Note that the inclusion of Bio.AlignIO does lead to some duplication or choice in how to deal with some file formats. For example, Bio.AlignIO and Bio.Clustalw will both read sequences from Clustal files - but Bio.Clustalw also includes a command line wrapper to call the program.

My vision is that for reading or writing sequence alignments you should try Bio.AlignIO as your first choice. In some cases you may only care about the sequences themselves, in which case try using Bio.SeqIO on the alignment file directly. Unless you have some very specific requirements, I hope this should suffice.

Peter

File Formats

This table lists the file formats that Bio.AlignIO can read and write, with the Biopython version where this was first supported.

The format name is a simple lowercase string, matching the names used in Bio.SeqIO. Where possible we use the same name as BioPerl's SeqIO and EMBOSS.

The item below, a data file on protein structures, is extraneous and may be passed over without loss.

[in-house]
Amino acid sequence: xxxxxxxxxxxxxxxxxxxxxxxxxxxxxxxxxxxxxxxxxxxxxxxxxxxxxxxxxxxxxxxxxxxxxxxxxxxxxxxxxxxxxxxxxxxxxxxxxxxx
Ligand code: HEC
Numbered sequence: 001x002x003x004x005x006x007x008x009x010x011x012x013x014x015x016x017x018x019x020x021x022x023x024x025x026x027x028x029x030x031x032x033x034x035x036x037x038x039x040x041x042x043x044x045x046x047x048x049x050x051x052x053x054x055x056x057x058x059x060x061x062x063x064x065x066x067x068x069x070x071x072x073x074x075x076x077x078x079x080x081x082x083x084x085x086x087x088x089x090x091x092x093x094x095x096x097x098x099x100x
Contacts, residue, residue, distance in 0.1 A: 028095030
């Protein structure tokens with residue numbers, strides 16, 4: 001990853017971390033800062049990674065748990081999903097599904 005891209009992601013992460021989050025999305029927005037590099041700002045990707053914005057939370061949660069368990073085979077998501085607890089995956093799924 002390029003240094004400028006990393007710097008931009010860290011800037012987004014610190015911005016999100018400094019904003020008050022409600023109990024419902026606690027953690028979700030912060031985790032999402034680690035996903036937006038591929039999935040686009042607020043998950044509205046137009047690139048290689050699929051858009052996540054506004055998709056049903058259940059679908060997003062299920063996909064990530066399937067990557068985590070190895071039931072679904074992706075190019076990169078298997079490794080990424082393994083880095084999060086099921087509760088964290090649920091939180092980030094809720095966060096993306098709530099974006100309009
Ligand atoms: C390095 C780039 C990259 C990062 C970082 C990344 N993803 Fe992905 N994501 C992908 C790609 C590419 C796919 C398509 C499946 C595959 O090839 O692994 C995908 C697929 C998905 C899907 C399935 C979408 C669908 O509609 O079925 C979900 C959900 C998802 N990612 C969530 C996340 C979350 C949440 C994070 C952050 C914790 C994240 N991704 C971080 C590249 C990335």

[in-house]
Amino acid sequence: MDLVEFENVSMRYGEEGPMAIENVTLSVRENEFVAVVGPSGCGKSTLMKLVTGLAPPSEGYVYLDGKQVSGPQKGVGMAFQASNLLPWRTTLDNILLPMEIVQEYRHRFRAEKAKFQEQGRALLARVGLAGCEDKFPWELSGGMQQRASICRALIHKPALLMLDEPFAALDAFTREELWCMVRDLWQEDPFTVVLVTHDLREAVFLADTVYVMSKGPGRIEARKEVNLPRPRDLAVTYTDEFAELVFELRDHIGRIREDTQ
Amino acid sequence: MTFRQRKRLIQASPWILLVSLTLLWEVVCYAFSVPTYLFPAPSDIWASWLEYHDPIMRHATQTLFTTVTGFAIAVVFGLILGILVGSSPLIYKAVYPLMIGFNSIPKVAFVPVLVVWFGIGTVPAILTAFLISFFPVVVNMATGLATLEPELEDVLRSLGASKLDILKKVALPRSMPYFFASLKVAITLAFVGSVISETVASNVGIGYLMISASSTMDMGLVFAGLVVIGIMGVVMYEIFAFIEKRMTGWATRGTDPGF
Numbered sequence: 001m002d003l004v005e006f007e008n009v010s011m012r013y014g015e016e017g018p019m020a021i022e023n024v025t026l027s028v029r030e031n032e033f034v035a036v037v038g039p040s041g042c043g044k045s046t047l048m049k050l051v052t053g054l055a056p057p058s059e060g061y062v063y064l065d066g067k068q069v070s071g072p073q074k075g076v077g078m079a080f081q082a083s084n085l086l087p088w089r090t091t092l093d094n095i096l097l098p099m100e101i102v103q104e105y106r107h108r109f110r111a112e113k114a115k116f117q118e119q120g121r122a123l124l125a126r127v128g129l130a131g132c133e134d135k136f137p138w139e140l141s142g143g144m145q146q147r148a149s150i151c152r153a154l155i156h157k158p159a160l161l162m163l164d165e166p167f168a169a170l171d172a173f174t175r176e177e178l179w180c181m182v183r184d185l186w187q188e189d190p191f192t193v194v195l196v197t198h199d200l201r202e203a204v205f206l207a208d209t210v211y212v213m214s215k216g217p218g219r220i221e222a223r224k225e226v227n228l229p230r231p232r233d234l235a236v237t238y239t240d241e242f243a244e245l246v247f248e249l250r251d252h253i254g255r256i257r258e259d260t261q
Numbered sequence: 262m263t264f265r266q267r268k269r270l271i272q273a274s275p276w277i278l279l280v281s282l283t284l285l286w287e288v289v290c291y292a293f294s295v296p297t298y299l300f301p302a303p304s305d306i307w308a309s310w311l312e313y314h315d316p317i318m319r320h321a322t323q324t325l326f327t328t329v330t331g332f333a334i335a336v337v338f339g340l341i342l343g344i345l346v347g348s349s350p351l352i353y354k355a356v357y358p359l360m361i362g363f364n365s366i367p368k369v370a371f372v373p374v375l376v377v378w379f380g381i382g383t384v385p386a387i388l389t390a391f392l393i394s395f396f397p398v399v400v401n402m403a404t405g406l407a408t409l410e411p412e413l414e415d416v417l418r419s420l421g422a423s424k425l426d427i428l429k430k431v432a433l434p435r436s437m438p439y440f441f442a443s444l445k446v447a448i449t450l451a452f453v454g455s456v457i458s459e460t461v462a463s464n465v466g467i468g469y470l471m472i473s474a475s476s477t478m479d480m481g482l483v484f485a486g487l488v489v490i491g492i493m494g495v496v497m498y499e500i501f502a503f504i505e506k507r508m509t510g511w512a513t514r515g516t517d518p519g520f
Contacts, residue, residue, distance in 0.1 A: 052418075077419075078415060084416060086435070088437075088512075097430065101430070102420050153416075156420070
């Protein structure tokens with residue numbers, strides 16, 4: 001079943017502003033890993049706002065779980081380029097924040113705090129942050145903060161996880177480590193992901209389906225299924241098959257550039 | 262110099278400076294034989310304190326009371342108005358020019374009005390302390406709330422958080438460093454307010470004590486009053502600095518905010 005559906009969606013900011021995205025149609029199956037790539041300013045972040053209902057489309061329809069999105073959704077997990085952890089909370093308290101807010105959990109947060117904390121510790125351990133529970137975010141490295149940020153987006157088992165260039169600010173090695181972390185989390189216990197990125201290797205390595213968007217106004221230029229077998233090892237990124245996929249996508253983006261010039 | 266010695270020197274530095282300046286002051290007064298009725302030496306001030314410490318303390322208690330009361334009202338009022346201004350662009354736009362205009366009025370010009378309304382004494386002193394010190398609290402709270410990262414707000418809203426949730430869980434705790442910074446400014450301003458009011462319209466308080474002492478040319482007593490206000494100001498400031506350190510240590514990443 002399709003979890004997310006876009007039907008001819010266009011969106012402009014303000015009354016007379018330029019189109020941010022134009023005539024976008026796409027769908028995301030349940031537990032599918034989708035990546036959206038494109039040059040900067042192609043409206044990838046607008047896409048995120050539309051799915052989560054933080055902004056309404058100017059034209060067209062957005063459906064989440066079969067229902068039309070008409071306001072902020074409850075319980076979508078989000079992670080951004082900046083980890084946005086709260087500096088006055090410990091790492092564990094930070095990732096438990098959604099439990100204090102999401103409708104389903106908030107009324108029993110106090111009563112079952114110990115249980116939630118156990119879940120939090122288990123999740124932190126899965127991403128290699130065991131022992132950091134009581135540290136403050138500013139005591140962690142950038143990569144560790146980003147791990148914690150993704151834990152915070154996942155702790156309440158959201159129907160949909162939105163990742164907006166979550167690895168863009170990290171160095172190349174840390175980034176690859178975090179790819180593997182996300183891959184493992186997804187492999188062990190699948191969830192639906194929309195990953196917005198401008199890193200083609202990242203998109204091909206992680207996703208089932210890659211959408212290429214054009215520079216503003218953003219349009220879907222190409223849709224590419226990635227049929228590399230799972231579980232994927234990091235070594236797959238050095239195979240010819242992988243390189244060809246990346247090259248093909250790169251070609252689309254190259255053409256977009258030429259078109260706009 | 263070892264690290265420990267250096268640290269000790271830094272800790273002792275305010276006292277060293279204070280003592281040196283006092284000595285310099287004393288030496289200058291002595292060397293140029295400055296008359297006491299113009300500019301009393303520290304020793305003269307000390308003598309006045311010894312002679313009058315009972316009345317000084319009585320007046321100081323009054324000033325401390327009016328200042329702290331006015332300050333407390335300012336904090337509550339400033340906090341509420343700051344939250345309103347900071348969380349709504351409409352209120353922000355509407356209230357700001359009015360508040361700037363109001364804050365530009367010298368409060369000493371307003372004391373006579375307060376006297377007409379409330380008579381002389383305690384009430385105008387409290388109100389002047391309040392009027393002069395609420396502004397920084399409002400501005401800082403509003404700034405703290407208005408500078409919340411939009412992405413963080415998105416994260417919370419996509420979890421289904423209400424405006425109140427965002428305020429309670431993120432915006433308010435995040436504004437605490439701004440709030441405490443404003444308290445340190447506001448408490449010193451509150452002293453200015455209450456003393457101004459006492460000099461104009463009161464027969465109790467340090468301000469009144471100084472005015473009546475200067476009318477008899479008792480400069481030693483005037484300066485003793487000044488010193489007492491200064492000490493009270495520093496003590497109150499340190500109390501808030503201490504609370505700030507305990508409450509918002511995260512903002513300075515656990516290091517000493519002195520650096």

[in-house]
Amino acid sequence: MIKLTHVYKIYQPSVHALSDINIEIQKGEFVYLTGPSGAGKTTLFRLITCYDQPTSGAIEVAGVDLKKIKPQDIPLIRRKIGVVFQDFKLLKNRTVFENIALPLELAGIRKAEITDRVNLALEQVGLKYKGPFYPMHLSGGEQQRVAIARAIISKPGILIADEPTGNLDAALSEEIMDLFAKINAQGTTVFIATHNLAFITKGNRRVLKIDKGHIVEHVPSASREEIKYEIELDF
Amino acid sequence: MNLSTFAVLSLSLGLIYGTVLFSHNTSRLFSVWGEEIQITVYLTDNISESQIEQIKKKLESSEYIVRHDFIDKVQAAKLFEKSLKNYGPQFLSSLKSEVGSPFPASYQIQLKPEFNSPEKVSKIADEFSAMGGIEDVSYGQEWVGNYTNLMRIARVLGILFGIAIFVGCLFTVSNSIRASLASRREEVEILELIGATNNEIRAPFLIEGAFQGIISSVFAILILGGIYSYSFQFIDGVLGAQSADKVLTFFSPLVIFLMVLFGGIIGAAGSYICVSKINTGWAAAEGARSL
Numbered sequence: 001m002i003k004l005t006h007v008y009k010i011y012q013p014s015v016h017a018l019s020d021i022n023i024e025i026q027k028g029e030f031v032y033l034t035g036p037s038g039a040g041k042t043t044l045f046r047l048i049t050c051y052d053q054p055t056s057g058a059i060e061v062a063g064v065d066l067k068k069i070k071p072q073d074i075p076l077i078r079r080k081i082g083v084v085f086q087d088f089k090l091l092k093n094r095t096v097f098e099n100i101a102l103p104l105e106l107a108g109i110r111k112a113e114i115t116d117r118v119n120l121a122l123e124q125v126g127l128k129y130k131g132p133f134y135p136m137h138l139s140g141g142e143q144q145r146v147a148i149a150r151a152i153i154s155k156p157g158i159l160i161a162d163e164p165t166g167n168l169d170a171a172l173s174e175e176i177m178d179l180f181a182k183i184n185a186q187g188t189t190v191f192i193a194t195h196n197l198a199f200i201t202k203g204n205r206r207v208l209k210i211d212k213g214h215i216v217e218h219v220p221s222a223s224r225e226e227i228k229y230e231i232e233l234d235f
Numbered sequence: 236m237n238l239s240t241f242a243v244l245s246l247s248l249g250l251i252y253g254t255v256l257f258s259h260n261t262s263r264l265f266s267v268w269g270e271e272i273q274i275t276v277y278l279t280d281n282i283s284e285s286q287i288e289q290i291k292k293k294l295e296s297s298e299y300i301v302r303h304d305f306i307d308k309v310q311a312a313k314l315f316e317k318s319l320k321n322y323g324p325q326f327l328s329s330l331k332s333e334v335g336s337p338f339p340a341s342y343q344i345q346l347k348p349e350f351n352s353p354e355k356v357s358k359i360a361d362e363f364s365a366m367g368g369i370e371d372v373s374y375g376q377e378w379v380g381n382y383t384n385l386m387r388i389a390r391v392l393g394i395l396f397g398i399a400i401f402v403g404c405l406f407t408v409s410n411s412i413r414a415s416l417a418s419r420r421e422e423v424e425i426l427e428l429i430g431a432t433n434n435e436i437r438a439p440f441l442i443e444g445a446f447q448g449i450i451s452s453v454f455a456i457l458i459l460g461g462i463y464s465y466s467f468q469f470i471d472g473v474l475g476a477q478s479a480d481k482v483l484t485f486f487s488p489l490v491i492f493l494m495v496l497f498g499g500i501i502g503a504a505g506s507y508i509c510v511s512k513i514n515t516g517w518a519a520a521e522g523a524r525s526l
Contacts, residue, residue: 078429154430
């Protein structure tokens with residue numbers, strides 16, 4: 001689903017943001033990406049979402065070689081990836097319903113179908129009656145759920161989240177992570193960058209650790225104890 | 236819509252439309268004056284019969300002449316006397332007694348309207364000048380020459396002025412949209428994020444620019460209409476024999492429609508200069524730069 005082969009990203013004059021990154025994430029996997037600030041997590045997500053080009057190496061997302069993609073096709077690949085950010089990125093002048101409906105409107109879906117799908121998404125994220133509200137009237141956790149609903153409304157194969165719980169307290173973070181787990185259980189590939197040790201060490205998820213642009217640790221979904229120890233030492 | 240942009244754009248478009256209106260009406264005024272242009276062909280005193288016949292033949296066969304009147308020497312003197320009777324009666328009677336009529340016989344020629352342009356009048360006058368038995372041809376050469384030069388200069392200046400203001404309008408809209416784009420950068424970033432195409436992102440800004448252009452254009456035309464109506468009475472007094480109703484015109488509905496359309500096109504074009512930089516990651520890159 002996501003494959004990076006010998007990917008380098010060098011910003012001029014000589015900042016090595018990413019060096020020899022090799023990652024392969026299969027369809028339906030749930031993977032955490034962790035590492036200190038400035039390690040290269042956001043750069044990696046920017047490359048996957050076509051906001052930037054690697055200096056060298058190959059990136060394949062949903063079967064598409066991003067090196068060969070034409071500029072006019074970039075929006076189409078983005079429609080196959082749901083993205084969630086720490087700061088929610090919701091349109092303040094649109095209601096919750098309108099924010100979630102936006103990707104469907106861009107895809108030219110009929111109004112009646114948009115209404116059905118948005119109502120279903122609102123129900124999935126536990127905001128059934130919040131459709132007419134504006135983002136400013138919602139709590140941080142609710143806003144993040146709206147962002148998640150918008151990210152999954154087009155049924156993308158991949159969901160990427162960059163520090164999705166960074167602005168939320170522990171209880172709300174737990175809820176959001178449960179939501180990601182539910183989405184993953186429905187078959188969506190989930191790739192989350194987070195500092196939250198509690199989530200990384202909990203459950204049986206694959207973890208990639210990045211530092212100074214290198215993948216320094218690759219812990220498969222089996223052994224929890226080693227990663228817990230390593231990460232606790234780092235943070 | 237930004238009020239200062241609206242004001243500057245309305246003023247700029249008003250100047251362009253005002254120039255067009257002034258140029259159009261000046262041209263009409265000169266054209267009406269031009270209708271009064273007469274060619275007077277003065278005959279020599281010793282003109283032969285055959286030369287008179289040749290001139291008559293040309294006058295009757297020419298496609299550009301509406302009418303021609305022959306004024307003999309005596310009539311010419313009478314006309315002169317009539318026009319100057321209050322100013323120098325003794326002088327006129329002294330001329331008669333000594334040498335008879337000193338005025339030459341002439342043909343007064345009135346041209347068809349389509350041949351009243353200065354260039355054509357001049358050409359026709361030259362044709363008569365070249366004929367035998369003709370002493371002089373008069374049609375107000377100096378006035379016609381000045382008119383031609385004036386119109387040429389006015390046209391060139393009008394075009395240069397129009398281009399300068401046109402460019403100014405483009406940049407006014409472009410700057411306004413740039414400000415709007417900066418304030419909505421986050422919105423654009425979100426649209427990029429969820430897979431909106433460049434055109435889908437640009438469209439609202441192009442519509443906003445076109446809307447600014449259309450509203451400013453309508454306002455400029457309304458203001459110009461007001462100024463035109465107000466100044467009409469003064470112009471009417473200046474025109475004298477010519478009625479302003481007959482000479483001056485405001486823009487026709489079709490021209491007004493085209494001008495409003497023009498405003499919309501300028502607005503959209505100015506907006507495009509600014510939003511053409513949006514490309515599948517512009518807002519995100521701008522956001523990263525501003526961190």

Table 1: Bio.AlignIO supported file formats
Format name Reads Writes Notes
clustal 1.46 1.46 See also Bio.Clustalw for calling the command line tool.
emboss 1.46 Soon? The EMBOSS simple/pairs alignment format.
fasta 1.46 1.46 This refers to the input file format introduced for Bill Pearson's FASTA tool, where each record starts with a ">" line. Note that storing more than one alignment in this format is ambiguous.
fasta-m10 1.46 No This refers to the pairwise output from Bill Pearson's FASTA tools, specifically the machine readable version when the -m 10 command line is used. The default free format text output is not supported.
nexus 1.46 No Also known as PAUP format. Uses Bio.Nexus internally.
phylip 1.46 1.46 This is a strict interpretation of the PHYLIP format which truncates names at 10 characters.
stockholm 1.46 1.46 Also known as PFAM format, this supports rich annotation.

In addition, you can store the (gapped) sequences from an alignment in any of the file formats supported by Bio.SeqIO. The most common example of this is storing multiple alignments in the simple fasta format. However, storing more than one alignment in a single such file is ambiguous - see the section below on alignment input.

Alignment Input